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Report says moving motor tax services to Post Office will save €60m

An independent report has analysed the savings to the Exchequer is a number of services were transferred to the post office network.

Image: File photo/Photocall Ireland

A REPORT ON the future of the Post Office network in Ireland has recommended that moving motor taxation services to make them payable at Post Offices could generate savings of €60.6m.

Extension of the banking services available at Post Offices, and payment of household charges and hospital charges are also identified as desirable in the report, which was compiled by financial advisors Grant Thornton.

The review concluded that transferring these services to Post Offices would result in additional savings for the Exchequer of more than €24.3m.

In February the general secretary of the Irish Postmaster’s Union Brian McGann addressed the Joint Committee on Communications, National Resources and Agriculture and said the Post Offices can administrate motor tax renewal “faster and cheaper” and that it would make the the service more accessible to communities around the country.

He also recommended that other “payments and transaction-type services”  should be moved to the Post Office such as driving licence renewal. local authority payments, credit union lodgement and withdrawals and increased social welfare services.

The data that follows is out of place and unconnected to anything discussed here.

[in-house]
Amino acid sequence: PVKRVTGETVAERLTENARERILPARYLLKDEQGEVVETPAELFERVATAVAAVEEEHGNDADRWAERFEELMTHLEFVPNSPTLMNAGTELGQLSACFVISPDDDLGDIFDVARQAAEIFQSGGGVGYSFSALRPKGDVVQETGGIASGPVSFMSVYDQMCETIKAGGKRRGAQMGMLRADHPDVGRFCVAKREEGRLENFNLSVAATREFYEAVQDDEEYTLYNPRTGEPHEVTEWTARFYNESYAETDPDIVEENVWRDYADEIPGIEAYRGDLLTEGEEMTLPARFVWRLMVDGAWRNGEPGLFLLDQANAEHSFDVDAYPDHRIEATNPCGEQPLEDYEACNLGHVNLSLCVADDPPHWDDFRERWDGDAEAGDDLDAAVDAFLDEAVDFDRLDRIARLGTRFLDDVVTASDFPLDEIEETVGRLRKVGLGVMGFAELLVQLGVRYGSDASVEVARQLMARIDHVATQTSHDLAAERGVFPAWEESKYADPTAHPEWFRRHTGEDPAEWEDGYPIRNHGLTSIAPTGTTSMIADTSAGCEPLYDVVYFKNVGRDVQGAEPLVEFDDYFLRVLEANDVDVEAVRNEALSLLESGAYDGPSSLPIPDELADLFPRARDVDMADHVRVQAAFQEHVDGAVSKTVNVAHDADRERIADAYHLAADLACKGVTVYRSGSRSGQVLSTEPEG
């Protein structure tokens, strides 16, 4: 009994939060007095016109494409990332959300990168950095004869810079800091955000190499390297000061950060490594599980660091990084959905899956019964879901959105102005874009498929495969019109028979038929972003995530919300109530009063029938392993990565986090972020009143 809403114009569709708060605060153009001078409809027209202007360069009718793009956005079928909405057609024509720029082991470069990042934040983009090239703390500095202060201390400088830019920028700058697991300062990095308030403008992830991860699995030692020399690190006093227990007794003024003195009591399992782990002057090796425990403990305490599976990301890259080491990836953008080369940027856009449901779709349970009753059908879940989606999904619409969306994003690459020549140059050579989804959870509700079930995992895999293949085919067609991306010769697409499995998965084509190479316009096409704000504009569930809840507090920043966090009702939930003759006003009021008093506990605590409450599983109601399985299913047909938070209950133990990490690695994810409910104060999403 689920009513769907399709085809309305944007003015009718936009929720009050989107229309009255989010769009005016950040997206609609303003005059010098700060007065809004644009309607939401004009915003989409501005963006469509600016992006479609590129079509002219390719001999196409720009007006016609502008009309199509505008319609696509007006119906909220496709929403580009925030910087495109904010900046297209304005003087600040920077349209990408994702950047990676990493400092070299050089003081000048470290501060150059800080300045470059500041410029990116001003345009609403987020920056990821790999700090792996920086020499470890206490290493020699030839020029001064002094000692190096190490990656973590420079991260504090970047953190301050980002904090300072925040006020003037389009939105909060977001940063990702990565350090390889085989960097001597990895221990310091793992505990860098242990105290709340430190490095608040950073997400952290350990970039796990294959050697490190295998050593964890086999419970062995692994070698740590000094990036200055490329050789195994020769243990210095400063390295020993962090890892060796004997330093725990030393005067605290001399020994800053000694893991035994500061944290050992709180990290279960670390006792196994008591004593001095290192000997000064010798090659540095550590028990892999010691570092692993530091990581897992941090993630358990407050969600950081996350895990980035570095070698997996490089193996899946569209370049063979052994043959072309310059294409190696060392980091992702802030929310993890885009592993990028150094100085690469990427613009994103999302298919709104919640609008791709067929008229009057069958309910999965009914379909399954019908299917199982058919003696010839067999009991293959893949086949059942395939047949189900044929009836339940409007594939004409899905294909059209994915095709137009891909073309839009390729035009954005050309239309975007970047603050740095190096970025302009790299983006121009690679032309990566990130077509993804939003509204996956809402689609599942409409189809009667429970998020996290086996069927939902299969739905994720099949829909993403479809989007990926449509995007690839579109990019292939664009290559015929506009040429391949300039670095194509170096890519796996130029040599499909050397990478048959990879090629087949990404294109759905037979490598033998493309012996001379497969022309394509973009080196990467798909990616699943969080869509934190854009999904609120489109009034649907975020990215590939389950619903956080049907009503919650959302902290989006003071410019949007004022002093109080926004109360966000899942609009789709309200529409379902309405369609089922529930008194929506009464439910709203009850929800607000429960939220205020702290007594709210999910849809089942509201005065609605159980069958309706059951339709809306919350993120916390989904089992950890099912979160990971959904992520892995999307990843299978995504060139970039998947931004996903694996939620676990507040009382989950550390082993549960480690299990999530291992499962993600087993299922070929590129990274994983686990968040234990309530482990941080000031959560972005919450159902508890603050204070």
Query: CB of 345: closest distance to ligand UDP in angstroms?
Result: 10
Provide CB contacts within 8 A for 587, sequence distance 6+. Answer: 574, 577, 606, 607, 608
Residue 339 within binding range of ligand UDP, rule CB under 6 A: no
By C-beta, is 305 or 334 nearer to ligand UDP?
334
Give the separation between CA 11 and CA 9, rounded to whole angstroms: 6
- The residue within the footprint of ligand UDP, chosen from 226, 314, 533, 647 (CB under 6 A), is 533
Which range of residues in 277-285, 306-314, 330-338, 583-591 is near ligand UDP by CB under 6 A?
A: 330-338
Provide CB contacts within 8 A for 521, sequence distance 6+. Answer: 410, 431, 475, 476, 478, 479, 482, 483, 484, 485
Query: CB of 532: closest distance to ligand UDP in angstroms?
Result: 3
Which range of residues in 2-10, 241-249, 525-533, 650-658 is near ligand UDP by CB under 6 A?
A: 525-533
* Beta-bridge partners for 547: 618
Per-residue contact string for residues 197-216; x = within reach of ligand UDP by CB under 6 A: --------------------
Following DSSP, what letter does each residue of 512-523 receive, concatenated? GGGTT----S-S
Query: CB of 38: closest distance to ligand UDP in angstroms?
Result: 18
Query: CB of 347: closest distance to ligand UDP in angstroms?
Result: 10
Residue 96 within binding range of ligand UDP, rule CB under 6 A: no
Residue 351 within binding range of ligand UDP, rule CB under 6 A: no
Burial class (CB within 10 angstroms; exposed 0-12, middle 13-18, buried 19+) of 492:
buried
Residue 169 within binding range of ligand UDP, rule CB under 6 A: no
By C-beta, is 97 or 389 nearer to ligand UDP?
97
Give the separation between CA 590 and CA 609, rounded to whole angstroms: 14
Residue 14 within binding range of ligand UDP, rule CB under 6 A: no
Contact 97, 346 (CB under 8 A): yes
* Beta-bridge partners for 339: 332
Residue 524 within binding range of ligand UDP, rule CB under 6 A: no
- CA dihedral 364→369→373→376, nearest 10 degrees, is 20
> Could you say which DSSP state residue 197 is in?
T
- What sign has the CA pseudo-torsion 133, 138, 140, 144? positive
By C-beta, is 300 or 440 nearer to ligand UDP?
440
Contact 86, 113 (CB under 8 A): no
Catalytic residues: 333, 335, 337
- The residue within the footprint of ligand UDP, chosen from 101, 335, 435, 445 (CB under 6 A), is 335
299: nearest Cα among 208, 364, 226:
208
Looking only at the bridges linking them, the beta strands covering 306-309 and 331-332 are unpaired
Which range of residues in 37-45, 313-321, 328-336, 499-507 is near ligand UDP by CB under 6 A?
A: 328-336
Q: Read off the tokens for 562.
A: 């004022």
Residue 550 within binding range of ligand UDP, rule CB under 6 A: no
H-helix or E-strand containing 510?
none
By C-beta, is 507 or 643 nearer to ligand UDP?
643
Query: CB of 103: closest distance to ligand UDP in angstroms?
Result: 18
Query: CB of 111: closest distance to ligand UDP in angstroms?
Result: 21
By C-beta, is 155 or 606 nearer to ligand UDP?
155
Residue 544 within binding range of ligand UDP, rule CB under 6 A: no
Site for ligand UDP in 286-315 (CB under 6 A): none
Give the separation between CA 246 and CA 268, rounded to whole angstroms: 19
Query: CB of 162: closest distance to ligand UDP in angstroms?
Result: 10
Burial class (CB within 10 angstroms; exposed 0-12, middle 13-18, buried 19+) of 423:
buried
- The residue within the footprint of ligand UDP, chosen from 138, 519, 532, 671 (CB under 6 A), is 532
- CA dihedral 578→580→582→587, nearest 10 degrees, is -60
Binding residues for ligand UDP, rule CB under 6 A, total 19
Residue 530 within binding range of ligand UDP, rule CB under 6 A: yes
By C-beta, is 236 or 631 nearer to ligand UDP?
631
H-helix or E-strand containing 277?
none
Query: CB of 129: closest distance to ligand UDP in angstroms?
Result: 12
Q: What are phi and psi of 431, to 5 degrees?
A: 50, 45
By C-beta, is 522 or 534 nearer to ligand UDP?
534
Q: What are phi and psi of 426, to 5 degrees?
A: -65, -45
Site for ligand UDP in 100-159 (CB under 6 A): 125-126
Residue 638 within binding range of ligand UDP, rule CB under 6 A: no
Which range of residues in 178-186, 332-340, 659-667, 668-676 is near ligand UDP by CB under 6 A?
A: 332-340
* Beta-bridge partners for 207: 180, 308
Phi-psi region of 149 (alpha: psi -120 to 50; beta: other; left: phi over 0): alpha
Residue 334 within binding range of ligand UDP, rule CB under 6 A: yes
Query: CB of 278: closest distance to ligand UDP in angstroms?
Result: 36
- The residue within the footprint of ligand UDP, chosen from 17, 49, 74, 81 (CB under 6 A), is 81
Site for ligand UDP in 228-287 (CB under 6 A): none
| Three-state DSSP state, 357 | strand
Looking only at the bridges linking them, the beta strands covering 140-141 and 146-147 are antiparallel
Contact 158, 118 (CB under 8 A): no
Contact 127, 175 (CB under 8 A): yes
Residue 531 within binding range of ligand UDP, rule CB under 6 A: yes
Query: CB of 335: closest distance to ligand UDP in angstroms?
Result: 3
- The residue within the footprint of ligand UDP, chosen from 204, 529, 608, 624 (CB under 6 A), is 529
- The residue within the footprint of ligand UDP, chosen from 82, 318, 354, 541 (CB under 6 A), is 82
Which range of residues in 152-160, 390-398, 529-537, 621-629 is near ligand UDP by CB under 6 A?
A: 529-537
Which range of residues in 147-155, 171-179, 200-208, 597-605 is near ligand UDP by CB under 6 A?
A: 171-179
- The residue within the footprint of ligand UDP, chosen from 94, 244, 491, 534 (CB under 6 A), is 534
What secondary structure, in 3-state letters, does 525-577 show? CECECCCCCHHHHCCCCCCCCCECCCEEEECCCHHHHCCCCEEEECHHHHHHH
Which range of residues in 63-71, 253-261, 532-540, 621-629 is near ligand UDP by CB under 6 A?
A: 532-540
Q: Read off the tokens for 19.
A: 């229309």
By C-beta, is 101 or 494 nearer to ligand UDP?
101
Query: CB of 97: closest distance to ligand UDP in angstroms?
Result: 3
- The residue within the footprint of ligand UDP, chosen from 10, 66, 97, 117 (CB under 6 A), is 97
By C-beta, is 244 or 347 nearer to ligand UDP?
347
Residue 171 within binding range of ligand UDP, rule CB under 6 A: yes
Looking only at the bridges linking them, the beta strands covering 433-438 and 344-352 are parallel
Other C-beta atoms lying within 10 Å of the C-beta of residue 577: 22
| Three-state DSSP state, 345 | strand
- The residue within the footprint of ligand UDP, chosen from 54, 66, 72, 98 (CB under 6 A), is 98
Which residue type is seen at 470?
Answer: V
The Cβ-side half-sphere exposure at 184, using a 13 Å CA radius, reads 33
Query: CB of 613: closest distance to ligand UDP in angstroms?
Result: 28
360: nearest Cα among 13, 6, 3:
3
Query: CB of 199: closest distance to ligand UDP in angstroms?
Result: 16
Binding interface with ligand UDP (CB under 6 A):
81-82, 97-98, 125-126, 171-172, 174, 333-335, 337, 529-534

McGann told TheJournal.ie that the Joint Oireachtas Committee was unanimous in its support of the ideas put forward, but that there had been some confusion on the part of the Department of Environment, Community and Local Government, which said that the legislation does not exist for Post Offices to issue tax discs.

However McGann said that the Post Office taking over the administration of the motor tax services would not have any legislative implications, as they would simply be acting as a link between those who don’t renew their motor tax online and the system in Shannon. McGann said the Post Offices would:

…act as the home computer for those who don’t have a computer.

McGann has also said that in March Post Offices were inundated with people who thought they could pay the Household Charge over the counter.

He maintains that the significant number of people who still haven’t paid that charge means that the requirement is still there, and said that members of the public should be able to pay the forthcoming household tax at the Post Office.

The report has been presented to Minister Phil Hogan who is said to be ‘delighted’ that the independent research has been undertaken and is set to take a more detailed look at it.

Postmasters ‘mystified’ that Household Charge cannot be paid at Post Office>

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Emer McLysaght

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